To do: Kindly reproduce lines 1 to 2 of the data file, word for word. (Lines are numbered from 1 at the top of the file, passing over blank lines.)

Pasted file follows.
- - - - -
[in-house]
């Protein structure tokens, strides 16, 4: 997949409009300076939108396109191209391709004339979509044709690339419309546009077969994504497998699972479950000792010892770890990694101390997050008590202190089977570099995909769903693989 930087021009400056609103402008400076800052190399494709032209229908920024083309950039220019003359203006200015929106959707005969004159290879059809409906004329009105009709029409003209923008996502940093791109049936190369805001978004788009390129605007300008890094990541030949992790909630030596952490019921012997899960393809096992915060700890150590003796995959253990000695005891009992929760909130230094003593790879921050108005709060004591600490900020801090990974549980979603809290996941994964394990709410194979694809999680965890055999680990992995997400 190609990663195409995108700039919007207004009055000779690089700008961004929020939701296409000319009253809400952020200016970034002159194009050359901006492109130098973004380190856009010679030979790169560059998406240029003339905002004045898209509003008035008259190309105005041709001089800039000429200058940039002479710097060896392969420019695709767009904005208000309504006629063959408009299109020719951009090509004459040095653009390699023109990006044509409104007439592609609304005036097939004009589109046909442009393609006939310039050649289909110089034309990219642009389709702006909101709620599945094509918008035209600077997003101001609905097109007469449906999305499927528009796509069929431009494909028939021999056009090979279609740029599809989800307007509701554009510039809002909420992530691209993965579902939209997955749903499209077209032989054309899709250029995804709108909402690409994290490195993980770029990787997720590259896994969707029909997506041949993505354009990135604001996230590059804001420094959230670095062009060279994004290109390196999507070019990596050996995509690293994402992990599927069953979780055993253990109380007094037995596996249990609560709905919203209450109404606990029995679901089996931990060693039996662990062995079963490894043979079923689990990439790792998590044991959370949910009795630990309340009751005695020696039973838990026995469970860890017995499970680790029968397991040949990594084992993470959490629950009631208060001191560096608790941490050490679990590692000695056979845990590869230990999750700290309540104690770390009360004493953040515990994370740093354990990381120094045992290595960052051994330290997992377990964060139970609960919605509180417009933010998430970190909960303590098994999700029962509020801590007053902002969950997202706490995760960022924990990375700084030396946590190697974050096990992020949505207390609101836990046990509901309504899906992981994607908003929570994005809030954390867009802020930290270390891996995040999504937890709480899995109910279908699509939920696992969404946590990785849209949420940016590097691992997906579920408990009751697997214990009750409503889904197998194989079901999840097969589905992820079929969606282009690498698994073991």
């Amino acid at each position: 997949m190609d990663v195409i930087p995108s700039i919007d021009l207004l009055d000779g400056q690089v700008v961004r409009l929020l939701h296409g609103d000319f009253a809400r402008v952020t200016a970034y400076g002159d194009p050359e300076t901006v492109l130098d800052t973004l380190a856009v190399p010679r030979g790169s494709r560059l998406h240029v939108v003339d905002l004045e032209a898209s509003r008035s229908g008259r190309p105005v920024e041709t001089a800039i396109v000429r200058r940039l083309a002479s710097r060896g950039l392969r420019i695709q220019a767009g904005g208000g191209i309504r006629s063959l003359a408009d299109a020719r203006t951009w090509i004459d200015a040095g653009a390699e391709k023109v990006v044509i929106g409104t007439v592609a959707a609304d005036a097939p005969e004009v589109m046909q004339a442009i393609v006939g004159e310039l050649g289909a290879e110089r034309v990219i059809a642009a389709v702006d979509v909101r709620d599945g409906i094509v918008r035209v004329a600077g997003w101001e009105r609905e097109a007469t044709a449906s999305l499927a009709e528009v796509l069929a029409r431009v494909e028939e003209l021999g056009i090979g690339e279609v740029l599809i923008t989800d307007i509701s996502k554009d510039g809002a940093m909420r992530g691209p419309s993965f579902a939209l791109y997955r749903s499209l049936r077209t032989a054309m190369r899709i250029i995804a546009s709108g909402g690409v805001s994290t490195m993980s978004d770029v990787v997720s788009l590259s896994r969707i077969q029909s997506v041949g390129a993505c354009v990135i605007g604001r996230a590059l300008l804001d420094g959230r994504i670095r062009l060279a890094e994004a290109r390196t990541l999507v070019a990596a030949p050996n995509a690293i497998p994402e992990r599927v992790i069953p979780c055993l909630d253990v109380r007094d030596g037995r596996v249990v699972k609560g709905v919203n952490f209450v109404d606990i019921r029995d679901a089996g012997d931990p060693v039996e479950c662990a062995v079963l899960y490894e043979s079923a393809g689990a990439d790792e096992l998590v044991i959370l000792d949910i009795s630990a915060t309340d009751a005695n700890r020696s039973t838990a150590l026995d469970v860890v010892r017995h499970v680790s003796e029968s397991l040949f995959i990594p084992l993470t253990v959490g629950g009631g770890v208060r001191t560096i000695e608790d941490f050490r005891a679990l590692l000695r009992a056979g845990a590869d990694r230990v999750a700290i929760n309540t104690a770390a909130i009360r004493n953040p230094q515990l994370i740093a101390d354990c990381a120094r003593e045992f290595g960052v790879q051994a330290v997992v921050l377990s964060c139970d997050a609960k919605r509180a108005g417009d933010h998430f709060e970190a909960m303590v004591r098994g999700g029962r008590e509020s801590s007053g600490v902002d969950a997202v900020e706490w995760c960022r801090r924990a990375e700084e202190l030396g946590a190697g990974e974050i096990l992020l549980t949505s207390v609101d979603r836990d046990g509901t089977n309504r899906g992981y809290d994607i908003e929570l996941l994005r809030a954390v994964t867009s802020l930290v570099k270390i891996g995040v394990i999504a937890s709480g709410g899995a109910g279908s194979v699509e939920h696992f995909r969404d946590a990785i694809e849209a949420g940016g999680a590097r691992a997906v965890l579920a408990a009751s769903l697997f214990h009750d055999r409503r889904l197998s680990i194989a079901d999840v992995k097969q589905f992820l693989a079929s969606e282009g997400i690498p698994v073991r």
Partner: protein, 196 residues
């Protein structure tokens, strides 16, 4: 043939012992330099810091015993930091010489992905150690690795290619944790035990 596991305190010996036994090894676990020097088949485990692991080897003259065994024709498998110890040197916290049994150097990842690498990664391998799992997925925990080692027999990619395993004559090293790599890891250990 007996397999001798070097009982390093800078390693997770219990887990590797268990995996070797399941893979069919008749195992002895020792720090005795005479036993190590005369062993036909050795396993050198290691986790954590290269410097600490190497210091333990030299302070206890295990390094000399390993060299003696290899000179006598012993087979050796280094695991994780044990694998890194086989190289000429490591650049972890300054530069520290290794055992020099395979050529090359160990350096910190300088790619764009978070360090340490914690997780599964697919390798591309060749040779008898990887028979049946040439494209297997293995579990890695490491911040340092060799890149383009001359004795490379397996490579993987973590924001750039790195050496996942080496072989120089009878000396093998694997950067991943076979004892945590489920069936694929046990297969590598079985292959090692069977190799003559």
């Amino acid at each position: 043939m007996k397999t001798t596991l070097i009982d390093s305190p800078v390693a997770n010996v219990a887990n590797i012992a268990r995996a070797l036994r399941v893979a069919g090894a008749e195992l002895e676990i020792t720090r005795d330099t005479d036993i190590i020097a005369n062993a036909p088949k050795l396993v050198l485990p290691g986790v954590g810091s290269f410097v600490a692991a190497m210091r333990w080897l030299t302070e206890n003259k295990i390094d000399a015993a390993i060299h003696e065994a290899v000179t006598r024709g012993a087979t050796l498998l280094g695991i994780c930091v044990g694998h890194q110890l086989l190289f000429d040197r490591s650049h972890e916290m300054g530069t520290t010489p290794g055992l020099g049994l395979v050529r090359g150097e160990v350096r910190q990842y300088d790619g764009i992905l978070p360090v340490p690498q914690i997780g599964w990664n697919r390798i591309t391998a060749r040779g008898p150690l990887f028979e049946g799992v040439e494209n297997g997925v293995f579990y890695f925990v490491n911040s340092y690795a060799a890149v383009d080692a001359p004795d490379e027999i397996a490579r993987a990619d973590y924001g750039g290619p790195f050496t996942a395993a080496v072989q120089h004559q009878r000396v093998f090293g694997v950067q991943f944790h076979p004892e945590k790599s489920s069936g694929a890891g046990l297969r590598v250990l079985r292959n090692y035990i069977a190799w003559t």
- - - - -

[in-house]
């Protein structure tokens, strides 16, 4: 997949409009300076939108396109191209391709004339979509044709690339419309546009077969994504497998699972479950000792010892770890990694101390997050008590202190089977570099995909769903693989 930087021009400056609103402008400076800052190399494709032209229908920024083309950039220019003359203006200015929106959707005969004159290879059809409906004329009105009709029409003209923008996502940093791109049936190369805001978004788009390129605007300008890094990541030949992790909630030596952490019921012997899960393809096992915060700890150590003796995959253990000695005891009992929760909130230094003593790879921050108005709060004591600490900020801090990974549980979603809290996941994964394990709410194979694809999680965890055999680990992995997400 190609990663195409995108700039919007207004009055000779690089700008961004929020939701296409000319009253809400952020200016970034002159194009050359901006492109130098973004380190856009010679030979790169560059998406240029003339905002004045898209509003008035008259190309105005041709001089800039000429200058940039002479710097060896392969420019695709767009904005208000309504006629063959408009299109020719951009090509004459040095653009390699023109990006044509409104007439592609609304005036097939004009589109046909442009393609006939310039050649289909110089034309990219642009389709702006909101709620599945094509918008035209600077997003101001609905097109007469449906999305499927528009796509069929431009494909028939021999056009090979279609740029599809989800307007509701554009510039809002909420992530691209993965579902939209997955749903499209077209032989054309899709250029995804709108909402690409994290490195993980770029990787997720590259896994969707029909997506041949993505354009990135604001996230590059804001420094959230670095062009060279994004290109390196999507070019990596050996995509690293994402992990599927069953979780055993253990109380007094037995596996249990609560709905919203209450109404606990029995679901089996931990060693039996662990062995079963490894043979079923689990990439790792998590044991959370949910009795630990309340009751005695020696039973838990026995469970860890017995499970680790029968397991040949990594084992993470959490629950009631208060001191560096608790941490050490679990590692000695056979845990590869230990999750700290309540104690770390009360004493953040515990994370740093354990990381120094045992290595960052051994330290997992377990964060139970609960919605509180417009933010998430970190909960303590098994999700029962509020801590007053902002969950997202706490995760960022924990990375700084030396946590190697974050096990992020949505207390609101836990046990509901309504899906992981994607908003929570994005809030954390867009802020930290270390891996995040999504937890709480899995109910279908699509939920696992969404946590990785849209949420940016590097691992997906579920408990009751697997214990009750409503889904197998194989079901999840097969589905992820079929969606282009690498698994073991």